But it really was basically a dull week from your perspective. I’m sorry. Here’s the limited news I have to share.

English

I’ve now seen my grade on the final exam, and I am quite happy. Though I haven’t yet seen the overall course grade appear on the transcript, it seems an A is pretty much a given at this point. I am happy about that, given that my English instruction as a kid was spotty at best. Somehow my various English classes missed all those ugly rules of grammar — and even the terminology — and I am very aware of that fact. My English is OK, but it’s all learned through practice and osmosis, rather than through technical instruction. Taking an English class of any kind hits me with imposter syndrome at some level. Of course I am fluent, but at some level I do feel like I am faking it.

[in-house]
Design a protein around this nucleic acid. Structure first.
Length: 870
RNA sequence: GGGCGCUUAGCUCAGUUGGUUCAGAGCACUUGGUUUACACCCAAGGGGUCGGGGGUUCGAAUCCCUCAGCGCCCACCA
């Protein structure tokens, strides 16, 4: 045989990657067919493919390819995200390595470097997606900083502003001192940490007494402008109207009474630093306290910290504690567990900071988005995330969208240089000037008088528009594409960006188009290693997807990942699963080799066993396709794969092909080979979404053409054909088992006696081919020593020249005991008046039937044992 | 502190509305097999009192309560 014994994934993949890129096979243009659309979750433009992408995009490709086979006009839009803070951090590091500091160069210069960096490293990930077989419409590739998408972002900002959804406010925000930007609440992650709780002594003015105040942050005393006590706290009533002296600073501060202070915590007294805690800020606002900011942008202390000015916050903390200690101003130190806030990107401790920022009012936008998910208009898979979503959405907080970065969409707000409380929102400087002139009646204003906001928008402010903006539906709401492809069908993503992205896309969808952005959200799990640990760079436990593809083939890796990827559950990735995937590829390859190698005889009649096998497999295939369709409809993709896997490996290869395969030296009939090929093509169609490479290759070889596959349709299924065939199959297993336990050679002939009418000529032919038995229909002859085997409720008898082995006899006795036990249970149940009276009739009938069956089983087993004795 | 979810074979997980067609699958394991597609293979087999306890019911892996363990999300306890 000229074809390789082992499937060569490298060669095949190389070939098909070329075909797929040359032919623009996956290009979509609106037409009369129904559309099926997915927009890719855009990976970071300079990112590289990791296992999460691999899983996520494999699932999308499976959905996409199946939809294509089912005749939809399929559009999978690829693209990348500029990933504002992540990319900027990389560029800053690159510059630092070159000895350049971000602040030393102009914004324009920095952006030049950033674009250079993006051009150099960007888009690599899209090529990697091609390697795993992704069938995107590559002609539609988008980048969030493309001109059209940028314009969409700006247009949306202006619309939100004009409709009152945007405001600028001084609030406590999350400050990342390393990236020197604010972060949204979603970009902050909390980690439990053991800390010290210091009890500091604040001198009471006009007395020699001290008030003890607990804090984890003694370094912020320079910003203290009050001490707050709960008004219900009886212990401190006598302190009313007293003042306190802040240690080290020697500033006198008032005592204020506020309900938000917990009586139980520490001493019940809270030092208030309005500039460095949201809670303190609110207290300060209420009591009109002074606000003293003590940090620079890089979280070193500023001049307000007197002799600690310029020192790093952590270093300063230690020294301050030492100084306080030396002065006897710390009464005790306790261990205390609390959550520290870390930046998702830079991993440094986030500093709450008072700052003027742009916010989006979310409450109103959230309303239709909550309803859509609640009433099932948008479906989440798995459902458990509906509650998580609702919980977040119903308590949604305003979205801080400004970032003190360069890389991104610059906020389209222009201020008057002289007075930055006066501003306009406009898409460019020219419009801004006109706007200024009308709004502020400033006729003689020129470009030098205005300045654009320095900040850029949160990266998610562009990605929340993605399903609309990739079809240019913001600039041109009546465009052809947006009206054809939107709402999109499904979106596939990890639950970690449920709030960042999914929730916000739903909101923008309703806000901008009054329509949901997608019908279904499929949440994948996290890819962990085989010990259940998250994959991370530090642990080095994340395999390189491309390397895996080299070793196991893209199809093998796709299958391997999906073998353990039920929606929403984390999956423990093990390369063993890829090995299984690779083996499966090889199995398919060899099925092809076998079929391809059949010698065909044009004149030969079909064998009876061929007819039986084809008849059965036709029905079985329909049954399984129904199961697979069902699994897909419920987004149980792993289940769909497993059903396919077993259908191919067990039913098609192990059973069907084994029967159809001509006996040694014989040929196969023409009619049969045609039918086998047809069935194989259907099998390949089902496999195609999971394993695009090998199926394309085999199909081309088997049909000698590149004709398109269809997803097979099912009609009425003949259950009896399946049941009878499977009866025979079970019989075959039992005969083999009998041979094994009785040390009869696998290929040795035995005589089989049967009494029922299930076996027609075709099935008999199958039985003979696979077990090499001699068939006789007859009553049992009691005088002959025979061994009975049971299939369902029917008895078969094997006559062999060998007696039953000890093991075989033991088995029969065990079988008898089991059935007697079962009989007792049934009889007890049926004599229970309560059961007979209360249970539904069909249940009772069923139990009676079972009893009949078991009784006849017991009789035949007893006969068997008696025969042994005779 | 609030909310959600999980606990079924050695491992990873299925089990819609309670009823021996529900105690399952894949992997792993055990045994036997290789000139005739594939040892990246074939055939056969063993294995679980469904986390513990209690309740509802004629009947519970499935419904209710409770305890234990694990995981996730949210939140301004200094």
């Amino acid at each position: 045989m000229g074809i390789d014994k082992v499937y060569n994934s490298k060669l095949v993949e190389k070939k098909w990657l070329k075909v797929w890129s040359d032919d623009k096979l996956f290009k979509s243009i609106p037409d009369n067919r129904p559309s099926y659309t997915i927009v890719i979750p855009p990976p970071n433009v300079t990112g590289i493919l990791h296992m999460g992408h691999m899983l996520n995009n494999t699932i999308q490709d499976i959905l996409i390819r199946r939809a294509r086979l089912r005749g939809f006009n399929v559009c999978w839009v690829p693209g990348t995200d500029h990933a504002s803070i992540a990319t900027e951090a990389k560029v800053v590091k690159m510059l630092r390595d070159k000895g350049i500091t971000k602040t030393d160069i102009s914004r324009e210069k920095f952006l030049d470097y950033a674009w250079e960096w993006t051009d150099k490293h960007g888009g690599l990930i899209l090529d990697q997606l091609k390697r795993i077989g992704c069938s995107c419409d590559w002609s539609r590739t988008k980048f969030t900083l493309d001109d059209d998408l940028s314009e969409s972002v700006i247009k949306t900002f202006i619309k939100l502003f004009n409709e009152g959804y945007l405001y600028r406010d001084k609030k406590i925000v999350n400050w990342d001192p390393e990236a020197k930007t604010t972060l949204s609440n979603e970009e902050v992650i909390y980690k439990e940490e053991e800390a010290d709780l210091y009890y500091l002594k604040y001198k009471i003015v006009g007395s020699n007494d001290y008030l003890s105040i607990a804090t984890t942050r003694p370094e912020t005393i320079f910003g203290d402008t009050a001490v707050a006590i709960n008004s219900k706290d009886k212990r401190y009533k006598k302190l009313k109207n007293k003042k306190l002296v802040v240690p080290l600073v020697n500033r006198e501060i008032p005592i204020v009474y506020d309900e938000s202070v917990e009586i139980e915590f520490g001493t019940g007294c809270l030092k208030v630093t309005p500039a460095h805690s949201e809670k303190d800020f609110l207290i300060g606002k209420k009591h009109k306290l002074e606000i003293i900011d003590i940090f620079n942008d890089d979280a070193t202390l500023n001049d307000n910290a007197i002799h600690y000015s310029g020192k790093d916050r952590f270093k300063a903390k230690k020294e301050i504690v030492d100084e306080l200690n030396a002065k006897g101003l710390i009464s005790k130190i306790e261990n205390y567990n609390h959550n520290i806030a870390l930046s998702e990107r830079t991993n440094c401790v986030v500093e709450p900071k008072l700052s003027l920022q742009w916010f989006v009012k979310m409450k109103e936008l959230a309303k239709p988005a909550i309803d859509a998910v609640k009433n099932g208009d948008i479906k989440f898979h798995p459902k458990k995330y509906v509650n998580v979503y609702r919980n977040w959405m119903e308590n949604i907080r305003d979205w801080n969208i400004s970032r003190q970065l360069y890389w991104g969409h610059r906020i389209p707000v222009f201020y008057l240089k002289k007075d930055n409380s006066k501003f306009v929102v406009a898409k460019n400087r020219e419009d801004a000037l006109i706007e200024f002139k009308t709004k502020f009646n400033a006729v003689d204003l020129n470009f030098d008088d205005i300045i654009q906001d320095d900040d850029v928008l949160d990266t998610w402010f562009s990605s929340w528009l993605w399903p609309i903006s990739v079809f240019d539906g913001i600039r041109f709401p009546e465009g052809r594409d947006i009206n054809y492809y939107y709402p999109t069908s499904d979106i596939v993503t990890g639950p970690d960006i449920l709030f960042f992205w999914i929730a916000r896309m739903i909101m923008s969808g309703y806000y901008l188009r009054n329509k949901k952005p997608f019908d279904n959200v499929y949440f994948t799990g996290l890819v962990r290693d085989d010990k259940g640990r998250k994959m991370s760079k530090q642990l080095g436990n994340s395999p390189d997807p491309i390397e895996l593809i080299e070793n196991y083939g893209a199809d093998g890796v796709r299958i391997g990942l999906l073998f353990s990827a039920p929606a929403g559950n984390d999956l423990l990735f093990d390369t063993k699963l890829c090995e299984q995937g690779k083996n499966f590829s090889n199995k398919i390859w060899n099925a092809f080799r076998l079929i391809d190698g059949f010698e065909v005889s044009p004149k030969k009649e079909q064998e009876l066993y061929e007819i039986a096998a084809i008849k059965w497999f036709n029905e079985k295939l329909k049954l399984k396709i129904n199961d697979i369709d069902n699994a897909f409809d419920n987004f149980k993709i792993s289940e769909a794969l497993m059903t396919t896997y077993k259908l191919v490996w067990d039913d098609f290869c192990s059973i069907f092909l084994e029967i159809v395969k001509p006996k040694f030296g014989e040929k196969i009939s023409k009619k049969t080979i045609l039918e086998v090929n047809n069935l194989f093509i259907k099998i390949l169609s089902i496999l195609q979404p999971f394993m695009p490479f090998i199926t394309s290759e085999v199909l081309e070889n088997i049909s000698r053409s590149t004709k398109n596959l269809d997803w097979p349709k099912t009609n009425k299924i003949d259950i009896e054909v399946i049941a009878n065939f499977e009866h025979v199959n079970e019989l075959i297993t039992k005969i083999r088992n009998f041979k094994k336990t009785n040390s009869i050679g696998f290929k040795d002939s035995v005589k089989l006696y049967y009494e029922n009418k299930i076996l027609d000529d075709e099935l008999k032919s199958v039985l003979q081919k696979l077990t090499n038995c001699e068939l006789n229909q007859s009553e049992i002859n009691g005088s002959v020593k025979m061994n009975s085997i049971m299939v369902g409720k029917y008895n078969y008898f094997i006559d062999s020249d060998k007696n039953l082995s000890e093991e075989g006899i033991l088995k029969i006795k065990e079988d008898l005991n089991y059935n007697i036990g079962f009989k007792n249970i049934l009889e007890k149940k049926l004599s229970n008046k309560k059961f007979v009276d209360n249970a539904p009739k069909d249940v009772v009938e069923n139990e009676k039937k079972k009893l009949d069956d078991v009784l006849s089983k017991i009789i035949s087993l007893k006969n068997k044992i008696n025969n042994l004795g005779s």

Anyway, the final grade in the class will probably show up next week, and put this one to bed.

Oh, I read a story that my English teacher recommended. We shared recommendations before the class ended:

  • I suggested he read “Penance” by Stephen R. Donaldson. A short story about a vampire. Very interesting reading. Donaldson really can write. You can find it in a couple of Donaldson short story anthologies if you are curious. But be warned, Donaldson is not gentle with his characters. They suffer.